M&A Frenzy and the need for Scenario Planning

Posted on Monday, 28 May 2007. Filed under: Business Intelligence, Commentary, Mergers, Scenario Planning |

This past week has seen many articles about the continue growth of the M&A market (see, for example, the Financial Times for a discussion of European M&A, or other articles on the Asian market).   It is difficult to walk down the street in the City of London or Canary Wharf and not overhear people talking about M&A deals.  The higher equity prices in the market generally are attributed to the continuing number of deals being announced.  The trend is global.  It makes front page news — and in fact, some days the front page of the Financial Times has all three or four of its major stories being M&A deals (this happened on Wednesday of this week with the only exception being a picture of the charred ruins of the clipper ship Cutty Sark)

It make me, and many of those I speak with, wonder about the hype.  Yet the M&A market continues to defy anyone’s predictions of when it will end.  I thought in 2005 that it might be the peak, but 2006 certainly exceeded my expectations.  My foundation is in history (I actually have two degrees from university in history and only one in business).  History DOES repeat itself.  At some point the market will begin to decline.  But just as the trough between the 5th merger wave (late 1990’s) and the current one (started in 2003) was higher than the peak of the 4th merger wave (late 1980’s — and for anyone else who lived through that merger wave, we thought it was going to be a record level of deals for a VERY long time to come), so the downturn that will happen sometime may still be at higher levels than we think.  M&A is here to stay.  One cannot be global as a company and not do deals (although there are some notable exceptions, the few number of such exceptions does prove the rule).

And I hear that Goldman Sachs is predicting a 30 year bull market.  I do think that different perspectives and forecasts are critical in planning what to do at this point in the M&A market.

Where can military and business intelligence techniques fit into this?  In our book, we discuss the need for scenario planning — a key military intelligence tool.  One section of our book, we discuss scenario planning as follows:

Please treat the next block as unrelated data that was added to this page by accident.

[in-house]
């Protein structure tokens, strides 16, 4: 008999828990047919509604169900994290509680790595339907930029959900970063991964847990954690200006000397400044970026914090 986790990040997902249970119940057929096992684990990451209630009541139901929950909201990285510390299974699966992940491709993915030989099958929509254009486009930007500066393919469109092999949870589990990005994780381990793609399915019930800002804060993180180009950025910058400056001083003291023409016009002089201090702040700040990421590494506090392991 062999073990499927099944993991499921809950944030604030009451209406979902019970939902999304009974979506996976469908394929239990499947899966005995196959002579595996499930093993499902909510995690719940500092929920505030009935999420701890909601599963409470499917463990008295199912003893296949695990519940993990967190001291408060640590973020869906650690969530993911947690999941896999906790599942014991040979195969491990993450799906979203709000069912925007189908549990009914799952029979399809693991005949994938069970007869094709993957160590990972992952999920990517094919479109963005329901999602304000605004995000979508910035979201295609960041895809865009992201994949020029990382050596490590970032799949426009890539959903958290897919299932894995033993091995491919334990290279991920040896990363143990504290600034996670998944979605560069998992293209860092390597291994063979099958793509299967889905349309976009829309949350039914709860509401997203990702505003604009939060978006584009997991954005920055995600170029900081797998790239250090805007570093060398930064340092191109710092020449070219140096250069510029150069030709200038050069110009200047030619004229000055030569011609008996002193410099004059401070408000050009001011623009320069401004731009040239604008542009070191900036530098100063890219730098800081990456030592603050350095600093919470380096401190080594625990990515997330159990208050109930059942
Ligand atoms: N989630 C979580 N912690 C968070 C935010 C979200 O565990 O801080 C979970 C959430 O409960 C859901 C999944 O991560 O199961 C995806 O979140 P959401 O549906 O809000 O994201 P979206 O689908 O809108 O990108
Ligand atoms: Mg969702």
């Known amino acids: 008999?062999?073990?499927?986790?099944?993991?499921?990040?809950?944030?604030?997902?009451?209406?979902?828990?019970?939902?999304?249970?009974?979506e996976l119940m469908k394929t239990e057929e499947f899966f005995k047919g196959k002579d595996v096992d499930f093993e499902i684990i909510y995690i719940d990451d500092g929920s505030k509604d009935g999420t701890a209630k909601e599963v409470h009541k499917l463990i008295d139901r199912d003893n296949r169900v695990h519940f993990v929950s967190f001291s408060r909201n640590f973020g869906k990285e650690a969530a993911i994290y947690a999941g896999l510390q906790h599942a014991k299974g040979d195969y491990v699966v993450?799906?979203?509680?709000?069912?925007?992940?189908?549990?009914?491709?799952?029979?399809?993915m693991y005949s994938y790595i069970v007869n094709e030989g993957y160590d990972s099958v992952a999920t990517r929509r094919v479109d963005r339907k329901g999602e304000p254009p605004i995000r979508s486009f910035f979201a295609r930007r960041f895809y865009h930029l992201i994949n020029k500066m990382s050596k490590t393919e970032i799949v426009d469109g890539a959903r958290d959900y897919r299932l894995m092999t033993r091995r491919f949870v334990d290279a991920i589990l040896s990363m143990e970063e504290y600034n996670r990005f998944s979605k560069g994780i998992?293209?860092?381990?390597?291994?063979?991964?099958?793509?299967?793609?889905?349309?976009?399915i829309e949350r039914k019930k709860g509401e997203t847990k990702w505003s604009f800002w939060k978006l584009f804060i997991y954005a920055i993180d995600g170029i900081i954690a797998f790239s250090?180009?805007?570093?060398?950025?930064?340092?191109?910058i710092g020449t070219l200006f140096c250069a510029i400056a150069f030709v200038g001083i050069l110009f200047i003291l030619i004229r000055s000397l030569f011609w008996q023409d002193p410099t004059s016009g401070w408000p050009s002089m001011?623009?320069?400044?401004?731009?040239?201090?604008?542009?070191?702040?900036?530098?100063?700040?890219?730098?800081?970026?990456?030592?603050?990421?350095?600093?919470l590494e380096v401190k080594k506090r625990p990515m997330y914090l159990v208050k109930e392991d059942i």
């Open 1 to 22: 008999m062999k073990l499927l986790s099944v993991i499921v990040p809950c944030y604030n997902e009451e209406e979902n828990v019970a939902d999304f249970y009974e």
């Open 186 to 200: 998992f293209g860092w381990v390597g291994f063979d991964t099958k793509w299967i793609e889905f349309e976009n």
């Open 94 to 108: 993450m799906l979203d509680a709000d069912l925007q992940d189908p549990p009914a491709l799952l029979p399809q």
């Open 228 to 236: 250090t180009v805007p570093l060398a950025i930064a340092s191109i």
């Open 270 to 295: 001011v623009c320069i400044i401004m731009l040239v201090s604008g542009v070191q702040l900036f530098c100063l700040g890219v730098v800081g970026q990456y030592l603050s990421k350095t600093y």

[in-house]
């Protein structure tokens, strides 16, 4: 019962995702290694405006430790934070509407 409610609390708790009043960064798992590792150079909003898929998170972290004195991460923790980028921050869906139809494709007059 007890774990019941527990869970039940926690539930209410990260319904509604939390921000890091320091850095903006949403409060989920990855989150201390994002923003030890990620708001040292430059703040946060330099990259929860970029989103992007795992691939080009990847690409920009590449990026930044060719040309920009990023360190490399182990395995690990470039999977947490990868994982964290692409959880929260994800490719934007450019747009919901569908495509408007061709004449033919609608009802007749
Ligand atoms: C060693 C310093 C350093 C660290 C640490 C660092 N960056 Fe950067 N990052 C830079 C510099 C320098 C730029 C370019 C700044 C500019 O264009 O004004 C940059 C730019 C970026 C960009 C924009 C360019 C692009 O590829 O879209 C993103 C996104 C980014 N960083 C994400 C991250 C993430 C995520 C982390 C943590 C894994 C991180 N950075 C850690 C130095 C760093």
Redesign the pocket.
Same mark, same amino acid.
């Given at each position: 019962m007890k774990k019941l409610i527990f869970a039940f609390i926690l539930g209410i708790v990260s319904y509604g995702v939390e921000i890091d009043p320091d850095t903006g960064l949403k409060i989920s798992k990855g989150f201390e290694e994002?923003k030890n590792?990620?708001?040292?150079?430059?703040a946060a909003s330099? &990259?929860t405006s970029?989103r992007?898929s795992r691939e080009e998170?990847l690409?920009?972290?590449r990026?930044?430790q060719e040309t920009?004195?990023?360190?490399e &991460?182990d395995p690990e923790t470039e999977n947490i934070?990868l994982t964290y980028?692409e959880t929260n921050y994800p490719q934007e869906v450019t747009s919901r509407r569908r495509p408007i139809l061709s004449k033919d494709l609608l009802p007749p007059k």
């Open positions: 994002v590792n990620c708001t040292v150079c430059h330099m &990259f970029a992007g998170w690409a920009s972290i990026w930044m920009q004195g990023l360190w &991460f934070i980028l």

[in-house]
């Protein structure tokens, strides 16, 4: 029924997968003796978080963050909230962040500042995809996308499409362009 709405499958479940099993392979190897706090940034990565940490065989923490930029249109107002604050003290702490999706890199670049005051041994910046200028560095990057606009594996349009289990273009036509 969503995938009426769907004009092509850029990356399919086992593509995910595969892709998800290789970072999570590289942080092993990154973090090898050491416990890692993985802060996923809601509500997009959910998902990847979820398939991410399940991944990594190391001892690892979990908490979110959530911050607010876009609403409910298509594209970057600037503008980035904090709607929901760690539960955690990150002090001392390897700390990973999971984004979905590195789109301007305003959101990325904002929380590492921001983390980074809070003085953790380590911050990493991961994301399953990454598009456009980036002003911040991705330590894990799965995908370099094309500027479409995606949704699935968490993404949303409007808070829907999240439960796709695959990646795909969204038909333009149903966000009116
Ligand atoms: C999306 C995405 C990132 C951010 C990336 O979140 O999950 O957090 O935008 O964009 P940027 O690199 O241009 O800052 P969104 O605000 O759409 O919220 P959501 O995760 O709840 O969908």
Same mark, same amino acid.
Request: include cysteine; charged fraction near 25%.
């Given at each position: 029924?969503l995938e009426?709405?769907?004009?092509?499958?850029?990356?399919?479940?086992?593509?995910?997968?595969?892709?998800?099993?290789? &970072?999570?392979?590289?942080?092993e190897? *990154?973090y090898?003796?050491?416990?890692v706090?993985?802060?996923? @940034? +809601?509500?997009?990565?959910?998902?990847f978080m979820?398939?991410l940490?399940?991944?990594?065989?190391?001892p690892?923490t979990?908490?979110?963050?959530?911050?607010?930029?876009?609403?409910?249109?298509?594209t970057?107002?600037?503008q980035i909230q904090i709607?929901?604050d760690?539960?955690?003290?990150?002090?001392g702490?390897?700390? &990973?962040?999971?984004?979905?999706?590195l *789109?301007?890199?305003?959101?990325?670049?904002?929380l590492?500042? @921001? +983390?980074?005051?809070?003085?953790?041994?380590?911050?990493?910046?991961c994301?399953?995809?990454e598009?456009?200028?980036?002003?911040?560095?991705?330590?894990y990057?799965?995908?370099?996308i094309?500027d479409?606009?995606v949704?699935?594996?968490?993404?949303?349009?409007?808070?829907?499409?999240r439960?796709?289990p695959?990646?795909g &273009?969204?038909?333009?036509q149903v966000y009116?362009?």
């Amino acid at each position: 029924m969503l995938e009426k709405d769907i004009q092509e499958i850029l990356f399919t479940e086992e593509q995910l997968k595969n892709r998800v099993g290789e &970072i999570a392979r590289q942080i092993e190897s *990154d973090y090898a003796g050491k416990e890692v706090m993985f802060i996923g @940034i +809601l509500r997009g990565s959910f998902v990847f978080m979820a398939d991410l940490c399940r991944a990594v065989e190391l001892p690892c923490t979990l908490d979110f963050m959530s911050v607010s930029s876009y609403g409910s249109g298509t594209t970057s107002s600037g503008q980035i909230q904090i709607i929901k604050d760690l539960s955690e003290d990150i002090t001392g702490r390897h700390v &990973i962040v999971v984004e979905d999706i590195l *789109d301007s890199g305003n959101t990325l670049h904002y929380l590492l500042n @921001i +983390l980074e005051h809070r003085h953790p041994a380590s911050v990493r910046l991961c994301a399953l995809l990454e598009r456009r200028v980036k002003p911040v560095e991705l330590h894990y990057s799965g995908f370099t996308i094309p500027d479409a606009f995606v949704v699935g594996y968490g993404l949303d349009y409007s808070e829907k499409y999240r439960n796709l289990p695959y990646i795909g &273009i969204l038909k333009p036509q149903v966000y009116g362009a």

The first thing to realize is that the process of scenario planning is the consequence of a culture obsessed by the future – its risks and opportunities.  At Samsung, for example, scenario planning is enshrined in what is referred to as their VIP House (Value Innovation Programme).  The house is where the Samsung product managers, researchers, engineers, and assorted others ‘live’ while solving problems and/or planning projects.  The reason that this house is considered so important is because Samsung believes that 70-80% of ‘quality, cost, and delivery time is determined in the initial stages of product development.’ Samsung’s CEO and Vice Chairman, Jong-Young Yun, is clear about one thing, ‘the race for survival in this world is not to the strongest but to the most adaptive.’  Like the tsunami tribes and animals, he views the business world as an environment of existential threat and potential disaster.  The VIP house provides his disaster avoidance radar.

Another company famed for its extensive usage of scenario planning is Shell.  Using their own jargon, Shell’s scenarios team are tasked to ‘help charter routes across three interrelated levels; the Jet Stream level of long-term trends, uncertainties, and forces; the Weather Systems that reflect specific features of key regions; and the Turbulence of market level factors.’  To get a feel for the Jet Stream level, go to www.shell.com/scenarios.  Whether a scenario planning function is structured as a Samsung hot house or a highly centralised Shell-like group, the point is to monitor simultaneously the past, present, and future.  In all instances in addition to the expected, it is essential to attempt to imagine the unimaginable.  From those imaginings, scenarios must be built such that when a ‘new’ scenario presents itself, it is recognisable.

I wonder what Samsung and Shell are thinking now about future deals…

 

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5 Responses to “M&A Frenzy and the need for Scenario Planning”

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Scenario Planning is a “fractal” tool that when used properly can be a very helpful in evaluating business units, markets, and/or the mix of companies in the corporate portfolio.

Very interesting site ! Good work ! Congratulations :),

Wow!! It’s getting better and better.,

I love this site so so so much 🙂 Cool site!!,


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